Israel's prime minister has said Palestinians must "get to grips with" the reality that Jerusalem is Israel's capital in order to move towards peace.
Benjamin Netanyahu said Jerusalem had been the capital of Israel for 3,000 years and had "never been the capital of any other people".
He spoke amid ongoing protests in the Muslim and Arab world at a US decision recognising Jerusalem as the capital.
Violence flared near the US embassy in Lebanon and elsewhere on Sunday.
Speaking in Paris after talks with French President Emmanuel Macron, Mr Netanyahu said efforts to deny the "millennial connection of the Jewish people to Jerusalem" were "absurd".
"You can read it in a very fine book – it's called the Bible," he said. "You can read it after the Bible. You can hear it in the history of Jewish communities throughout our diaspora… Where else is the capital of Israel, but in Jerusalem?
"The sooner the Palestinians come to grips with this reality, the sooner we will move towards peace."
Raft of protests
There has been widespread condemnation of President Donald Trump's decision – announced on Wednesday – to reverse decades of US neutrality on the status of Jerusalem which cuts to the heart of the ongoing conflict between Israel and the Palestinians.
The city is home to key religious sites sacred to Judaism, Islam and Christianity, especially in East Jerusalem.
Israel has always regarded Jerusalem as its capital, while the Palestinians claim East Jerusalem – occupied by Israel in the 1967 war – as the capital of a future Palestinian state.
Sunday has seen a further raft of protests at the US move:
- In Beirut, riot police used teargas and water cannon to stop hundreds of protesters from reaching the US embassy
- Further protests took place in Cairo and Rabat, the Moroccan capital
- In the Palestinian territories themselves protests continued while Israel said it had blown up a tunnel from Gaza, which it says was being dug to enable militant attacks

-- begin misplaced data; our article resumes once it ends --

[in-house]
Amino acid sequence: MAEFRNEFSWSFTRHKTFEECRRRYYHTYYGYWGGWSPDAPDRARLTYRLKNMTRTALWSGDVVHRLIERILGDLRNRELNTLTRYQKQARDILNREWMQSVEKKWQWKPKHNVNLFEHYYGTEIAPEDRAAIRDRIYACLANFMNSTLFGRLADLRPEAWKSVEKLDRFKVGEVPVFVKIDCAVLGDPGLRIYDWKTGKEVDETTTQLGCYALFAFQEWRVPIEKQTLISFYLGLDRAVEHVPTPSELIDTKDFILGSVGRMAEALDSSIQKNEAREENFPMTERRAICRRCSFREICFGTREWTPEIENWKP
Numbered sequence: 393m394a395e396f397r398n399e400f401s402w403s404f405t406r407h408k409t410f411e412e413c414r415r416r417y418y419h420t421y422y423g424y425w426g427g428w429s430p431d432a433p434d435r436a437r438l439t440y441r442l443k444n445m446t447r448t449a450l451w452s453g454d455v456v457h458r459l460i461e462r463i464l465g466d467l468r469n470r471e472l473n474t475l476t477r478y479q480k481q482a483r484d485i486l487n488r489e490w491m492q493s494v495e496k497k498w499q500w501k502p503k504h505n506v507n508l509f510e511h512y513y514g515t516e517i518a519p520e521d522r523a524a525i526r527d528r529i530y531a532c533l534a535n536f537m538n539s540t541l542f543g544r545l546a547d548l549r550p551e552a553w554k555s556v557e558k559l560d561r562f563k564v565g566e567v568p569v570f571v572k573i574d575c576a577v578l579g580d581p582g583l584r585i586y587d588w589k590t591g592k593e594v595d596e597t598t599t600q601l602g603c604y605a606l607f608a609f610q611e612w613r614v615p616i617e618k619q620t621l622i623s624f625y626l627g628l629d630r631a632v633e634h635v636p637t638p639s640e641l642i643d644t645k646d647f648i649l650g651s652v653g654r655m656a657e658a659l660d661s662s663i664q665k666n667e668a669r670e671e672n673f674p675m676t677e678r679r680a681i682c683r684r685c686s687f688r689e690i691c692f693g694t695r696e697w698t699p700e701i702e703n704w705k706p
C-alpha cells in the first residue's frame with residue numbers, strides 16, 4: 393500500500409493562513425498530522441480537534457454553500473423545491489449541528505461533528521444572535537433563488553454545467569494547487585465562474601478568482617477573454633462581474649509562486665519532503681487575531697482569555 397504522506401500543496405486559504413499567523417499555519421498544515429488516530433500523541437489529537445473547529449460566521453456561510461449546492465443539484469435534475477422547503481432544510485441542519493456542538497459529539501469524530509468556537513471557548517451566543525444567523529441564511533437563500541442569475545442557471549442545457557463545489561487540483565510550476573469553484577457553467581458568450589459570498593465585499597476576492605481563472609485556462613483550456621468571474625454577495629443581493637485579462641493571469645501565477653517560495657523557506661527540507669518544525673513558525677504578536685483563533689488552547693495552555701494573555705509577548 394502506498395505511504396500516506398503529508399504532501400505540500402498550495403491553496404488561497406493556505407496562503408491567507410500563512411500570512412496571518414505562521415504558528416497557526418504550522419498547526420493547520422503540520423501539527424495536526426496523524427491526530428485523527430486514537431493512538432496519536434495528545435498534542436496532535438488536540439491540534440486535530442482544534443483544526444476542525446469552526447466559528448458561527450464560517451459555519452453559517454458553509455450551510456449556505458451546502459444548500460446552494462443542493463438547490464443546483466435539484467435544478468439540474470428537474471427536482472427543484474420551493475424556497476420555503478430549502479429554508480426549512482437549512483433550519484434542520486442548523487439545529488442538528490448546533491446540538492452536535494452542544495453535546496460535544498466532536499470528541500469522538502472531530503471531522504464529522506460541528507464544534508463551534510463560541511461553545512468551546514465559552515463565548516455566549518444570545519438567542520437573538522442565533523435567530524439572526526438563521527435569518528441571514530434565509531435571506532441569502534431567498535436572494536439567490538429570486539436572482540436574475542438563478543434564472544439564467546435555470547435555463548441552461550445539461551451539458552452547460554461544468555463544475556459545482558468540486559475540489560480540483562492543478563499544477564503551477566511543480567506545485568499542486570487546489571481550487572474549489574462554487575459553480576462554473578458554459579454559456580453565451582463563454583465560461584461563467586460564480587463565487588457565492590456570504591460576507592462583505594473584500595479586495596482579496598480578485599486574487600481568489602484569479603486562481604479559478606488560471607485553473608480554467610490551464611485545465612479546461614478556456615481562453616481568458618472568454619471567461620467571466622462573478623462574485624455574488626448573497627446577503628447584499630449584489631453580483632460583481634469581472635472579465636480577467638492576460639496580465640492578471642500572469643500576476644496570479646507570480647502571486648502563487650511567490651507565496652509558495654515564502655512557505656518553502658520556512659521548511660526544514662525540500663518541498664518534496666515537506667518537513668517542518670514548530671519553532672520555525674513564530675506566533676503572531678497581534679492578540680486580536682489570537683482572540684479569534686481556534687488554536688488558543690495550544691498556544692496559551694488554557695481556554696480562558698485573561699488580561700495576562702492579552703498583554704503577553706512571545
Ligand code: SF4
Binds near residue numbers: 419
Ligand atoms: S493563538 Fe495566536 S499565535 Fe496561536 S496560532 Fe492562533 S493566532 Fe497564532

- Thousands of people demonstrated outside the US embassy in the Indonesian capital, Jakarta, some waving banners reading "Palestine is in our hearts"
- A burning object was thrown at a synagogue in the Swedish city of Gothenburg late on Saturday in what police said was a failed arson attempt
Vicious row between two leaders
In Turkey, President Recep Tayyip Erdoğan told a large rally in Istanbul he would not abandon Jerusalem to a state that "kills children".
Mr Netanyahu said the Turkish leader had "attacked Israel".
"I'm not used to receiving lectures about morality from a leader who bombs Kurdish villages in his native Turkey, who jails journalists, helps Iran go around international sanctions and who helps terrorists, including in Gaza, kill innocent people," he added.
Mr Erdoğan has described Jerusalem as a "red line" issue for Muslims and warned Turkey could end up severing diplomatic ties with Israel over the issue.
Turkey and Israel only restored diplomatic relations last year, six years after Turkey cut ties in protest at the killing of nine pro-Palestinian Turkish activists in clashes with Israeli commandos on board a ship trying to break Israel's naval blockade of Gaza.
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